We now turn to M.S. Distributing's motion for an award of prejudgment interest, which in this diversity case is governed by Illinois law. Allen & O'Hara, Inc. v. Barrett Wrecking, Inc., 964 F.2d 694, 695 n. 3 (7th Cir. 1992). M.S. Distributing argues that, at a minimum, it is entitled to receive prejudgment interest in the amount of five percent (simple, not compounded), under the Illinois Interest Act, 815 ILCS 205/2, which governs prejudgment interest "for all moneys after they become due on any bond, bill, promissory note, or other instrument of writing." M.S. Distributing claims that it is entitled to recover prejudgment interest beginning as of June 1999, when the $438,680.11 became due.*fn1 Using the trigger date of June 1999 and a five percent rate of interest (simple, and not compounded), results in a total of $87,736.02 in prejudgment interest.

Ms. Berns concedes that she is liable for prejudgment interest under the Interest Act (Berns' Resp. at ¶ 5); Mr. Jackson has not responded, and we treat his silence on this point as acquiescence. Thus, all parties agree that M.S. Distributing is entitled to an award of at least $87,736.02 in prejudgment interest. The dispute here is whether MS. Distributing is entitled to a higher rate of prejudgment interest, and is entitled to have that interest calculated on a compound basis. M.S. Distributing offers two arguments to support its claim that it is entitled to compound interest at prime market rate: one based on a contractual argument, and the other based on an interpretation of the Illinois version of the Section 2-715 of the Uniform Commercial Code ("U.C.C."), codified at 810 ILCS 5/2-715. For the following reasons, we do not find either of those arguments persuasive.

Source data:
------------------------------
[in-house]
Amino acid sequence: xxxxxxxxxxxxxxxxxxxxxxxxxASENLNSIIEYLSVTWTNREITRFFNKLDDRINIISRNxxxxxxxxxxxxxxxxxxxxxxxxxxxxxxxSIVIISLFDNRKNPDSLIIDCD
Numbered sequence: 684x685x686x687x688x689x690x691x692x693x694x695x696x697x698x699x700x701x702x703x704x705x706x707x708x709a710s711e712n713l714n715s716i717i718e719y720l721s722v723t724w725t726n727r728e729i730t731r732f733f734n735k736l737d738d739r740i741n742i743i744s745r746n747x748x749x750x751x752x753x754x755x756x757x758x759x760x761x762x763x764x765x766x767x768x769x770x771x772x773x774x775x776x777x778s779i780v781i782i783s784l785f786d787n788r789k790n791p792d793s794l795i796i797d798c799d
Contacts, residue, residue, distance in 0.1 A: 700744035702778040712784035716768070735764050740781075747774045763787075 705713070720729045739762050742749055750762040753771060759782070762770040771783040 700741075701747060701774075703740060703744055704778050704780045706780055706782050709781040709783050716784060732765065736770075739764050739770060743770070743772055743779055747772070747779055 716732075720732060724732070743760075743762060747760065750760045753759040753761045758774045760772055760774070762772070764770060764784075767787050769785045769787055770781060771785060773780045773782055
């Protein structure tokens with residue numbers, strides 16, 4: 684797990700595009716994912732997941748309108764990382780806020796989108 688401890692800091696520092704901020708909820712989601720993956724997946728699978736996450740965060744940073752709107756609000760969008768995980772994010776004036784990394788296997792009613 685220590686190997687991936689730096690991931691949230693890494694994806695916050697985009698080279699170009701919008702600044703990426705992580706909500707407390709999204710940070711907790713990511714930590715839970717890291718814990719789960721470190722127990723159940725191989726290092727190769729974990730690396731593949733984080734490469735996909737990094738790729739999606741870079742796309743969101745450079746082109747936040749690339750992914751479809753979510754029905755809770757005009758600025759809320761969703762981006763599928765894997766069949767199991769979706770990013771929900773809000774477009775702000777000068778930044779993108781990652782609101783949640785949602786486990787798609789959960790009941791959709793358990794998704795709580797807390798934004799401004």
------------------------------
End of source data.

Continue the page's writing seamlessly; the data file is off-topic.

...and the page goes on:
We begin with the contractual argument, which is based on an interpretation of the Distribution Agreement. Paragraph 16 of the Distribution Agreement states that "[e]ach party indemnifies the other against any damages and costs, including lawyer and litigation costs, resulting from either party's violation of its representations, warranties or obligations hereunder." Citing Medcom Holding Co. v. Baxter Travenol Labs, Inc., 200 F.3d 518, 519-20 (7th Cir. 2000), M.S. Distributing argues that prejudgment interest constitutes "damages or costs" recoverable under this indemnity provision. Relying on Medcom, M.S. Distributing further argues that this contractual agreement allows it to recover prejudgment interest at a rate that is different from that provided in the Interest Act, and that because the contract is silent on the rate of prejudgment interest and how it should be calculated, the Court should apply prime market rate interest on a compounded basis.

In Medcom, the court held that "Illinois does not treat 815 ILCS 205/2 as the sole authority for prejudgment interest. Contracting parties may supply their own rule of decision." 200 F.3d at 519. The court further held that "[p]rejudgment interest is an element of complete compensation." Id. at 520 (quoting West Virginia v. United States, 479 U.S. 305, 310 (1987)). The appeals court explained that because the purpose of an indemnity provision is "to make the wronged party whole to put it in the same position it would have occupied had the other side kept its promise," id. at 519, the way to do that is to "provide prejudgment interest at the market rate." Id. at 520.

However, for Medcom to provide a basis for the increased level of prejudgment interest that MS. Distributing seeks, Mr. Jackson and Ms. Berns must have agreed to the indemnity provision in the Distribution Agreement. Ms. Berns argues that they did not Ms. Berns claims that she and Mr. Jackson signed on only to the guaranty, which appears at Paragraph 8(b)(2) of the Distribution Agreement and which states as follows: "Ilene Berns and Brian Jackson shall jointly and severally guarantee the repayment of any portion of such advance and duplication payments not otherwise recouped by [M.S. Distributing], and they are signing this Distribution Agreement solely to evidence this guarantee." M.S. Distributing asserts that by signing the last page of the Distribution ...